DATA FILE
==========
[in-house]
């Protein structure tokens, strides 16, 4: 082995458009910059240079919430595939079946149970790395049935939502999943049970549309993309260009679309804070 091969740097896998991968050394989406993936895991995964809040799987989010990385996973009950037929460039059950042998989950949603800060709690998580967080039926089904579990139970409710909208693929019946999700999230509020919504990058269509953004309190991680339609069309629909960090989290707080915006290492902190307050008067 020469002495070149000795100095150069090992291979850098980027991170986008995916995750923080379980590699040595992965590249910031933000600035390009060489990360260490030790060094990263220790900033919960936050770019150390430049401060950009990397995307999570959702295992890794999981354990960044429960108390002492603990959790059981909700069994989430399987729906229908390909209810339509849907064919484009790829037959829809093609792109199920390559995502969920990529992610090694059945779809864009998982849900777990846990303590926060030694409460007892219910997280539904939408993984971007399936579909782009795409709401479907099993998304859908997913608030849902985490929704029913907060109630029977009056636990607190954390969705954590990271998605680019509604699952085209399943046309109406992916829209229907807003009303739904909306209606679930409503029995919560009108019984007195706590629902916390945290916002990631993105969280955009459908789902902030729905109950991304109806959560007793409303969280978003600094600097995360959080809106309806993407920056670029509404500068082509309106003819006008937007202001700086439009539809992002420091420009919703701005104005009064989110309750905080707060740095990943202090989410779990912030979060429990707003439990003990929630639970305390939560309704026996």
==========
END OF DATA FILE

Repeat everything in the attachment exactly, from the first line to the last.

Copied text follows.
[in-house]
């Protein structure tokens, strides 16, 4: 082995458009910059240079919430595939079946149970790395049935939502999943049970549309993309260009679309804070 091969740097896998991968050394989406993936895991995964809040799987989010990385996973009950037929460039059950042998989950949603800060709690998580967080039926089904579990139970409710909208693929019946999700999230509020919504990058269509953004309190991680339609069309629909960090989290707080915006290492902190307050008067 020469002495070149000795100095150069090992291979850098980027991170986008995916995750923080379980590699040595992965590249910031933000600035390009060489990360260490030790060094990263220790900033919960936050770019150390430049401060950009990397995307999570959702295992890794999981354990960044429960108390002492603990959790059981909700069994989430399987729906229908390909209810339509849907064919484009790829037959829809093609792109199920390559995502969920990529992610090694059945779809864009998982849900777990846990303590926060030694409460007892219910997280539904939408993984971007399936579909782009795409709401479907099993998304859908997913608030849902985490929704029913907060109630029977009056636990607190954390969705954590990271998605680019509604699952085209399943046309109406992916829209229907807003009303739904909306209606679930409503029995919560009108019984007195706590629902916390945290916002990631993105969280955009459908789902902030729905109950991304109806959560007793409303969280978003600094600097995360959080809106309806993407920056670029509404500068082509309106003819006008937007202001700086439009539809992002420091420009919703701005104005009064989110309750905080707060740095990943202090989410779990912030979060429990707003439990003990929630639970305390939560309704026996």